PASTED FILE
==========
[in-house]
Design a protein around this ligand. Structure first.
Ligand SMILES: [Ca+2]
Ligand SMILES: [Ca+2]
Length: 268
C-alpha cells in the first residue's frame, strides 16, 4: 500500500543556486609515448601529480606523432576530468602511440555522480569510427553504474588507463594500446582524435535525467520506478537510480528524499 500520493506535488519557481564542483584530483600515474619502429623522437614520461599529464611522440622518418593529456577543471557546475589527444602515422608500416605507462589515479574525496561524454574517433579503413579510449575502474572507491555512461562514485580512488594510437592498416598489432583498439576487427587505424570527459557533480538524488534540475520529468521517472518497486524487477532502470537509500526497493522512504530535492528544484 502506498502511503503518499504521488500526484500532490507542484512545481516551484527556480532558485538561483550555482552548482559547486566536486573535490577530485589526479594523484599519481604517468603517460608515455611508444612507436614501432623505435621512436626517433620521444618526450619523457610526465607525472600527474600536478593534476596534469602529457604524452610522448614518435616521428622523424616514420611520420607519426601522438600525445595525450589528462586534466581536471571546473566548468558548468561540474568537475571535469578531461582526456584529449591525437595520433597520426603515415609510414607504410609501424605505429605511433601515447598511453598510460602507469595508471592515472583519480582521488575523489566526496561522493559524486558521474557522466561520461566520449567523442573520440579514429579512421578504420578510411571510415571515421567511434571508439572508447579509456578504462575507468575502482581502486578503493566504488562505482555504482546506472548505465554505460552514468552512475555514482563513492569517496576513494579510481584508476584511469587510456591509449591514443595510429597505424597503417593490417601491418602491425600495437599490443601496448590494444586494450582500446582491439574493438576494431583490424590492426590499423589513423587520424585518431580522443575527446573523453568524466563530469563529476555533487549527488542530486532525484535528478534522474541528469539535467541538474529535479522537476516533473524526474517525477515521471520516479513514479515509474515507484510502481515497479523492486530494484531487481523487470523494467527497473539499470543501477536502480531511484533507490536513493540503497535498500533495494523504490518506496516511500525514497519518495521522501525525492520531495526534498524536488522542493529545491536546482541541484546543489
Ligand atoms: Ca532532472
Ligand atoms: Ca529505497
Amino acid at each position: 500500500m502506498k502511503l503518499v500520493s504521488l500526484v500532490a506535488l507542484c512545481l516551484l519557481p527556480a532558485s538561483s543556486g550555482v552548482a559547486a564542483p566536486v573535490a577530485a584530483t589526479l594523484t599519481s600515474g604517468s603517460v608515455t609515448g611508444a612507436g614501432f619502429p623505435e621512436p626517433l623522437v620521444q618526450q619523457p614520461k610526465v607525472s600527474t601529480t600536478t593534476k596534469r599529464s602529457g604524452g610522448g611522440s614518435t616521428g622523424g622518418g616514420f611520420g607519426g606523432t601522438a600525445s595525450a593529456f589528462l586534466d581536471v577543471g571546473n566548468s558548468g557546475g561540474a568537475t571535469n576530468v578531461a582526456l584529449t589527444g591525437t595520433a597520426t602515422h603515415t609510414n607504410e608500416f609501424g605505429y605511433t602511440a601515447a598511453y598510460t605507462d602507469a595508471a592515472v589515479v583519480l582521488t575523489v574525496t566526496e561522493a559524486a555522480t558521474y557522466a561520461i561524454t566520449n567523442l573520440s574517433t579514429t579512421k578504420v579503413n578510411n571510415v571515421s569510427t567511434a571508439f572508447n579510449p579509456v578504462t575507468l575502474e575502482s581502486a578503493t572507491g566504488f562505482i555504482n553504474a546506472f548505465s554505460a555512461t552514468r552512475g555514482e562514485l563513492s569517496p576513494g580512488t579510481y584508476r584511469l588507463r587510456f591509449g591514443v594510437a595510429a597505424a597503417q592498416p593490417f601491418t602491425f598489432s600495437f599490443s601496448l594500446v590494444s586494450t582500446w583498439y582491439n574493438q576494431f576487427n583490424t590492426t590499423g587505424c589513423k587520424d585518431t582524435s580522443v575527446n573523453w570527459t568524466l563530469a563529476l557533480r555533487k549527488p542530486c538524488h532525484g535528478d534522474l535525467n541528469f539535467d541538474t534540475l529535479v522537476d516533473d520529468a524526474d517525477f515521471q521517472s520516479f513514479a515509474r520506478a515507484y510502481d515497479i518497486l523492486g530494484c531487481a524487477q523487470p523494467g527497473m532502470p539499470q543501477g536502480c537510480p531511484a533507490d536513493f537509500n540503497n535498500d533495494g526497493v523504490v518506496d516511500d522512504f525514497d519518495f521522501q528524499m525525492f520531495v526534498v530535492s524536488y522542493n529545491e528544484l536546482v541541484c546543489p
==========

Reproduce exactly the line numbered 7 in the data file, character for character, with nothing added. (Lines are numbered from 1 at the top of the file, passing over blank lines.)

Ligand atoms: Ca532532472